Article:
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Fencepost
Re: Voltage Drop?
keith3267 wrote:

...I don't think I've ever heard of a submersible pump having a capacitor, just jet pumps.

...if I were you, I'd start budgeting for a new pump, and if it turns out that you don't need one, then use the money for a vacation.

I believe most submersible pumps have capacitors. If the pump is a "two wire" pump (red & black plus green ground going down the well) the capacitor will be on the pump motor; the pump must be pulled for repair.

If it's a "three wire" pump (red, black, & yellow plus green), then there will be a control box above ground that contains the capacitor. Pulling the pump is not necessary for capacitor replacement.

If you do have to have the pump pulled, the labor in doing that is so great you are money ahead to simply replace the pump at that time so you don't have to pay even more labor so soon down the road when the pump ultimately fails.

kbuy999
Re: Voltage Drop?

I can pull the pump on my own thats no problem the Well Driller showed me how when he put it in. And I have since pulled it out once on my own with know problem. it is a 3 wire pump.

One thing I have figured out in the past 2 days is that I believe my pressure tank is shot. It is not holding air for more than a month or so. So that needs to be replaced regardless. :( I guess I will start saving for a new pump just to be safe.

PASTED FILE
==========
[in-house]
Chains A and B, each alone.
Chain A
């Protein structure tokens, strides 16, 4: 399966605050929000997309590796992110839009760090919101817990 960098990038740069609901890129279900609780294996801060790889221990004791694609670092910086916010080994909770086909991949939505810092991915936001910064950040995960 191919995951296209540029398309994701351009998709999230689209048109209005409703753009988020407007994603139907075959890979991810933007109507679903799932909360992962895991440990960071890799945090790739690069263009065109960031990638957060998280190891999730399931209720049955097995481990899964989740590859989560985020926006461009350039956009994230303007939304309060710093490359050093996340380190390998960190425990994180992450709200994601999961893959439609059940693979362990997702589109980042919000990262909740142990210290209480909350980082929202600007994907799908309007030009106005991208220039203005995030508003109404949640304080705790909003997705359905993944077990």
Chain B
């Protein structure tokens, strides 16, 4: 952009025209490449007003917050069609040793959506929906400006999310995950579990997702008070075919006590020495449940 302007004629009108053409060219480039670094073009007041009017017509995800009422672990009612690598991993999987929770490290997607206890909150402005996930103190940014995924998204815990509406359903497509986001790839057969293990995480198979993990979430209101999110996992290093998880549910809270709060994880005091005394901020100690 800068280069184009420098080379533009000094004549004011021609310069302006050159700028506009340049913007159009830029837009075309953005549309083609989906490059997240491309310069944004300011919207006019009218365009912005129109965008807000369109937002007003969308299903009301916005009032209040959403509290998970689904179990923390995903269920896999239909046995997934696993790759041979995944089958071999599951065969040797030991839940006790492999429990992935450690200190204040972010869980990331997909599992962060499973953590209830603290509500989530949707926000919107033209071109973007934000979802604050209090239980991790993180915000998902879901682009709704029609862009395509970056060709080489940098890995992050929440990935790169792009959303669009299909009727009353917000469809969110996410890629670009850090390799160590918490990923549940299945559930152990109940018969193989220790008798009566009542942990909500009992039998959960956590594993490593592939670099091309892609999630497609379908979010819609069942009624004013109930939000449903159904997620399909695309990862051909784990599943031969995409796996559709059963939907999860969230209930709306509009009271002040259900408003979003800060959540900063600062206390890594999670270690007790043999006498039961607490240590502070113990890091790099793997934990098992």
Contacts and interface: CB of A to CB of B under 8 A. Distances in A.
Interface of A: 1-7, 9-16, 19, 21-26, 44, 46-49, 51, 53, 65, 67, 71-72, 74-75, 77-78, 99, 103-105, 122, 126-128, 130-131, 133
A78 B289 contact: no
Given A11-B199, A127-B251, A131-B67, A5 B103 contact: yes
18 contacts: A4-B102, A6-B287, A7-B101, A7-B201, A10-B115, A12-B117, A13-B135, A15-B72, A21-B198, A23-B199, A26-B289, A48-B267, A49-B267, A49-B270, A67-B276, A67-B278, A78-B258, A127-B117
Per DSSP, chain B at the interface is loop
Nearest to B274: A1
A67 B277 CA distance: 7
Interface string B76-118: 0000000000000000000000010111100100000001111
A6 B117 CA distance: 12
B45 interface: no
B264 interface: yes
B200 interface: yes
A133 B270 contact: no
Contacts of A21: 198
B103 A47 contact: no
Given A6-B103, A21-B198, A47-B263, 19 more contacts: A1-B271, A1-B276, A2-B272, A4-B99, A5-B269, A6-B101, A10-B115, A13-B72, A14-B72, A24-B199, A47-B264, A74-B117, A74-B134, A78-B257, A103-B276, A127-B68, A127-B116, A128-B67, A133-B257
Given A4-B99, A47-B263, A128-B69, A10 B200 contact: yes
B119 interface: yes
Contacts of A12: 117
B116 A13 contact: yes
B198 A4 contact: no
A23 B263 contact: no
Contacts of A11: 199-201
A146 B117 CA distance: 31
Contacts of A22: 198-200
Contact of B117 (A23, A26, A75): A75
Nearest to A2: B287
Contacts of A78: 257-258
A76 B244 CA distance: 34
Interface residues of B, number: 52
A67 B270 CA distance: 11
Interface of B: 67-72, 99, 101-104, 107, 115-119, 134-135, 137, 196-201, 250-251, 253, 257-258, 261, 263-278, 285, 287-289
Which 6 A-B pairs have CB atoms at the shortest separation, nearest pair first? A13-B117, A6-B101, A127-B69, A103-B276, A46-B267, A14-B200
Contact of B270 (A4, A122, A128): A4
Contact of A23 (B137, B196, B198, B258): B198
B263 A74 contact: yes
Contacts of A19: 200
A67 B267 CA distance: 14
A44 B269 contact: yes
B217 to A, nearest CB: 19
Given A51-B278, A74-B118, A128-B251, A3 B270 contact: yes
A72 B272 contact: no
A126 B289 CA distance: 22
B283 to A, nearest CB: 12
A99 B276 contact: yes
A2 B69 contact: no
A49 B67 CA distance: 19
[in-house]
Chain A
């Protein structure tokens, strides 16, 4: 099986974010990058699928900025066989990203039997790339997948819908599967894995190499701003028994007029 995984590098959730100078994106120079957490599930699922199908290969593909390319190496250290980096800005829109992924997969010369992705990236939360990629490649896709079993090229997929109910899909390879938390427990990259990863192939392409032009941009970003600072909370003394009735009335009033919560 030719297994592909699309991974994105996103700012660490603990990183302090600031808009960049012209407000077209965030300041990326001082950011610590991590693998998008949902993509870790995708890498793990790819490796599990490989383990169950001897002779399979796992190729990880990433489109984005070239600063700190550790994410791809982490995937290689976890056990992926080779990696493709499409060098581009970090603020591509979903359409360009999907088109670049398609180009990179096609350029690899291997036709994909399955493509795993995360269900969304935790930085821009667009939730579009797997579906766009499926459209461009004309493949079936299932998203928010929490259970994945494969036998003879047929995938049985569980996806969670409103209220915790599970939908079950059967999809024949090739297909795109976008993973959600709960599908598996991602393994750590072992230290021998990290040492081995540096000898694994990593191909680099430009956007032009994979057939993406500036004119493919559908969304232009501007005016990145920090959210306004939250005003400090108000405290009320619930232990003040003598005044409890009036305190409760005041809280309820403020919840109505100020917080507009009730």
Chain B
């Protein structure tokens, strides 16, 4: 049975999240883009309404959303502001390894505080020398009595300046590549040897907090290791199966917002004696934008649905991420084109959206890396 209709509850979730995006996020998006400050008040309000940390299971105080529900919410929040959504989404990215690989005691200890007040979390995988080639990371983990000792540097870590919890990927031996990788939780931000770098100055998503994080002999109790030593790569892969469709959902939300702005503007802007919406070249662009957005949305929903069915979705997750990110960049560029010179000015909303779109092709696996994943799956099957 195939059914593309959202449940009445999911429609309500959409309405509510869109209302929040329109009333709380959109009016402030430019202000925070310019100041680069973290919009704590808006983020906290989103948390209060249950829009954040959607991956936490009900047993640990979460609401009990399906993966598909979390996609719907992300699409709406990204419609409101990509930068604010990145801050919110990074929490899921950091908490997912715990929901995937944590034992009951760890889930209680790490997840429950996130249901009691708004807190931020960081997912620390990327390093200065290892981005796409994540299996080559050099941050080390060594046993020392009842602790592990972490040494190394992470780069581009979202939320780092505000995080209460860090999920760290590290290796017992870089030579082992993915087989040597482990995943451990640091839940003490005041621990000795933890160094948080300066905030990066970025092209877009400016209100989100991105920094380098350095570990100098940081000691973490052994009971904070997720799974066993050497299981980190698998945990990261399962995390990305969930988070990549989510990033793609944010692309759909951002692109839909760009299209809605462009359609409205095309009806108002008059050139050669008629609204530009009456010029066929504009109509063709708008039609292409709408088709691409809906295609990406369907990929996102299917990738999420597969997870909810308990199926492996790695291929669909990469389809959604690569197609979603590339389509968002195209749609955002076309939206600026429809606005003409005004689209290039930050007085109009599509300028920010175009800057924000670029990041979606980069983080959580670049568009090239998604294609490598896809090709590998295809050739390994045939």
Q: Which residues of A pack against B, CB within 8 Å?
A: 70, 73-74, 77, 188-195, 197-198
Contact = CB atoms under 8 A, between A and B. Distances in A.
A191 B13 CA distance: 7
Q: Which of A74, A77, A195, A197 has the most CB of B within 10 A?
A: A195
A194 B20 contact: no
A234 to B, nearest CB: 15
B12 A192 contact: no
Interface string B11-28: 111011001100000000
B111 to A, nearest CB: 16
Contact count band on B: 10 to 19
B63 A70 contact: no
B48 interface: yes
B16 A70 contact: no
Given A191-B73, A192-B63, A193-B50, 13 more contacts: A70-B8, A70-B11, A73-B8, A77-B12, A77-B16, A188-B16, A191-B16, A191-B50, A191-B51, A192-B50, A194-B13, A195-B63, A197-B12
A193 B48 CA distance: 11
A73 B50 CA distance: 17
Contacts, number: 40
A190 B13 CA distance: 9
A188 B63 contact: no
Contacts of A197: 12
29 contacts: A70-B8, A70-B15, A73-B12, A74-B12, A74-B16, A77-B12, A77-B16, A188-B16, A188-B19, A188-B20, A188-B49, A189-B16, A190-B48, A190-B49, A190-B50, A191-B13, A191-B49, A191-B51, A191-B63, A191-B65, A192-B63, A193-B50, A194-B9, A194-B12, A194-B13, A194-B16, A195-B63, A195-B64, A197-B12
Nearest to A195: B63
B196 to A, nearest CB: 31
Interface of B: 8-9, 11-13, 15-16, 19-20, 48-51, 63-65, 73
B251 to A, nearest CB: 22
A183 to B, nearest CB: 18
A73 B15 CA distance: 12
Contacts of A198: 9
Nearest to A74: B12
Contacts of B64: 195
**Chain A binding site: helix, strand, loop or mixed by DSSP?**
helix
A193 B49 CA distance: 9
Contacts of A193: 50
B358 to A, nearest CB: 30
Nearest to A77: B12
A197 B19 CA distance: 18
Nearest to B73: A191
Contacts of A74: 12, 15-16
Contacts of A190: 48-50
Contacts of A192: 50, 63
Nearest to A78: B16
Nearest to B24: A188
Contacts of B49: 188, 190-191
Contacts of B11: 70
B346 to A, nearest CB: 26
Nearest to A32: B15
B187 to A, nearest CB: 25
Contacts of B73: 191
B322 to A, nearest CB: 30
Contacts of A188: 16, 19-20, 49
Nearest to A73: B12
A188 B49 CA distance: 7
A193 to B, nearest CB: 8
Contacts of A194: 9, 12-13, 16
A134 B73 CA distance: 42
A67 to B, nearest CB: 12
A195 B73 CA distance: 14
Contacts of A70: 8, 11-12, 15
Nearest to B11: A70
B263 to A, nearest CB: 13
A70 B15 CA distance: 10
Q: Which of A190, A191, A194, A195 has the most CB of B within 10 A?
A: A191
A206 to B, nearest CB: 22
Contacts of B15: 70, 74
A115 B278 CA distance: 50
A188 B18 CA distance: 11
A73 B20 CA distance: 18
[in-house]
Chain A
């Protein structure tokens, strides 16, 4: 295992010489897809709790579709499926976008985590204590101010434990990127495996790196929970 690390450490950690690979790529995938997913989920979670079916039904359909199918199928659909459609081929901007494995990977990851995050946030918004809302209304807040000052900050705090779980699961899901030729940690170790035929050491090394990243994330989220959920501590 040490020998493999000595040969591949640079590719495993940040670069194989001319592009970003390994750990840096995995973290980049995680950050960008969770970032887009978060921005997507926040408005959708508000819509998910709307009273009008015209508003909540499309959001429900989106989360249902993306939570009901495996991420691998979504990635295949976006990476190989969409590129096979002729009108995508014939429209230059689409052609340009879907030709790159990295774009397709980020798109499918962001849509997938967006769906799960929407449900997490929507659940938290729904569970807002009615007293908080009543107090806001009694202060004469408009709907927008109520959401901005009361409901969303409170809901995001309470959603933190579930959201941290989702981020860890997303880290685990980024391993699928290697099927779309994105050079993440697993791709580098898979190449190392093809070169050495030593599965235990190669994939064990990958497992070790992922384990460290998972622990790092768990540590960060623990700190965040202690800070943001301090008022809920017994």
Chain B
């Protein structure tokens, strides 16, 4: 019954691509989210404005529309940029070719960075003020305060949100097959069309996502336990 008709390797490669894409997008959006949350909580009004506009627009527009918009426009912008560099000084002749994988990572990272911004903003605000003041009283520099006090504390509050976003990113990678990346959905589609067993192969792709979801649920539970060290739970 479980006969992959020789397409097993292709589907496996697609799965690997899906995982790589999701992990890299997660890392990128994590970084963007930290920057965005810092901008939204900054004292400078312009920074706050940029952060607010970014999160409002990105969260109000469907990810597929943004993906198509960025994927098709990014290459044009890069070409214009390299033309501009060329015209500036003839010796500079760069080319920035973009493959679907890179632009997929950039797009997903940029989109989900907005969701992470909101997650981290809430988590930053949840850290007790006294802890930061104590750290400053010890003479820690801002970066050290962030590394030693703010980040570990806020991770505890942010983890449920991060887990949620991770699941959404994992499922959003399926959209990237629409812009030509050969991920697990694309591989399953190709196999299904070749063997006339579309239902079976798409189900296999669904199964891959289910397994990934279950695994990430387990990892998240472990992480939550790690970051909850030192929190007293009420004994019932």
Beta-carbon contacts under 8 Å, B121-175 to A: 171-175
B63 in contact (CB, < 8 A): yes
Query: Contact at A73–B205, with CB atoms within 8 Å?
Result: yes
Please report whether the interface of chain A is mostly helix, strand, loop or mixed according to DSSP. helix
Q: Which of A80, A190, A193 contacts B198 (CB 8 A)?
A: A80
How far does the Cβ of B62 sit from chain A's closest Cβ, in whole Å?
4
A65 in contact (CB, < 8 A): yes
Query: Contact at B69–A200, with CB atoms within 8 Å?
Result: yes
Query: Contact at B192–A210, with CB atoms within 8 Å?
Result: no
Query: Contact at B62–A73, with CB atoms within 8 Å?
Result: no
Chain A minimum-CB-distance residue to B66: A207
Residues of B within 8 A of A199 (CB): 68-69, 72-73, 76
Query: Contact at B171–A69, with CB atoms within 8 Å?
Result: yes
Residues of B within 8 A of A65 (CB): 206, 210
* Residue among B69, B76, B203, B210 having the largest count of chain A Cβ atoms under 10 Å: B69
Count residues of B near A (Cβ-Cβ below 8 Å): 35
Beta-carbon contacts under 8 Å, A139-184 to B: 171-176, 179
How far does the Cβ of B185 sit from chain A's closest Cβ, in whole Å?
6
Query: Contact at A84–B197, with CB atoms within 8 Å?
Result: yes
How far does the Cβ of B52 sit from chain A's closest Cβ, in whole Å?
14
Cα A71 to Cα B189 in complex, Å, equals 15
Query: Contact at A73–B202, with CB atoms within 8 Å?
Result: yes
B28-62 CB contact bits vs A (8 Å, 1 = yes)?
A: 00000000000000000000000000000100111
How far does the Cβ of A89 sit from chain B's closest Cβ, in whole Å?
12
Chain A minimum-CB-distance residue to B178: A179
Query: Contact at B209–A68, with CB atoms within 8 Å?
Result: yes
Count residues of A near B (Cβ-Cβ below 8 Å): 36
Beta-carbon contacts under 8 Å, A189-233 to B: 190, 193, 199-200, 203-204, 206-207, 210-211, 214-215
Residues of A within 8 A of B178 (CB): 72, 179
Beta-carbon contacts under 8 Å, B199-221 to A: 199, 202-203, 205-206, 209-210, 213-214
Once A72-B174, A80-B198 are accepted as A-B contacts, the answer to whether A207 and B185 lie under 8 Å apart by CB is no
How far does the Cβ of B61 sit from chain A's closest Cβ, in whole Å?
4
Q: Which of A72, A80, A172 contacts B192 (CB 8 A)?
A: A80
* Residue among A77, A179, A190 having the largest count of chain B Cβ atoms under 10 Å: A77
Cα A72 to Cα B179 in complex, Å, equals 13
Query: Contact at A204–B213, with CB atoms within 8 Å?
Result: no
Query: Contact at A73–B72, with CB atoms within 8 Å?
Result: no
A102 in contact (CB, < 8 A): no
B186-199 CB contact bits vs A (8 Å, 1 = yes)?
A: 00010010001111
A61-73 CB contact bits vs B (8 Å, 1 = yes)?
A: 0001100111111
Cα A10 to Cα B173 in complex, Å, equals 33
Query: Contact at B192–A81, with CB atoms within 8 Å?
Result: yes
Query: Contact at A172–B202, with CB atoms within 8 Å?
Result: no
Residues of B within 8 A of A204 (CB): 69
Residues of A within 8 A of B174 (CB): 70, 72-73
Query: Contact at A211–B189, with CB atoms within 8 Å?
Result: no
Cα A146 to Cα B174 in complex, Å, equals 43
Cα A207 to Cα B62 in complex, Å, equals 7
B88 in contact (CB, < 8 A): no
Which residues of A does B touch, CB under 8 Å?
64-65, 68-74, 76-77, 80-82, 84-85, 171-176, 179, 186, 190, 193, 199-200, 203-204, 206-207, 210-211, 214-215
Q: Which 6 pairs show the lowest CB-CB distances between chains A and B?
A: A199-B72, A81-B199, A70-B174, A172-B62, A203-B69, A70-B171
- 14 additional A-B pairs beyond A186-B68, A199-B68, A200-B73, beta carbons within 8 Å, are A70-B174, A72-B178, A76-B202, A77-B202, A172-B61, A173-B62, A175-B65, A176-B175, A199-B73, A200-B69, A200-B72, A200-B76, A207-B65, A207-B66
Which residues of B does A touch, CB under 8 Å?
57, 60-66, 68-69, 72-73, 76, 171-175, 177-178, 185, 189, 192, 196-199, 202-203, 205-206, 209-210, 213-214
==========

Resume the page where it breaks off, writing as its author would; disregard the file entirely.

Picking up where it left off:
keith3267
Re: Voltage Drop?

"One thing I have figured out in the past 2 days is that I believe my pressure tank is shot. It is not holding air for more than a month or so. So that needs to be replaced regardless. I guess I will start saving for a new pump just to be safe."

Unless you have a bladder type tank, this would be normal. Water absorbs air. All you need is one of those air injector systems that adds a little bit of air every time the pump runs. They only cost a couple of dollars.

As for the pump, if you had a new one installed recently, there shouldn't be anything wrong with it. Mine is around 40 years old and still going strong. Two things you can do, one is, when the tank has a proper air charge, is to time how long it takes the pump to refill the tank from the low pressure to the high pressure settings on the controller. Your well driller should be able to tell if the time is about right for the depth of the well.

If you know someone with a clamp on ammeter, then measure the run current to see if that is consistent with the pump motor specs. If the pump is fairly new and it is drawing too much current or taking too long to fill, it may have a manufacturing defect or it got something stuck in the pump vanes when it was first installed.

kbuy999
Re: Voltage Drop?

I do have a bladder type tank. So this is probably shot. The pump is going on 15 years old. But I will get my buddies Amp meter and check that out. I still have the paperwork for the pump so I should be able to find the specs and check it against the reading. Thanks for the ideas.

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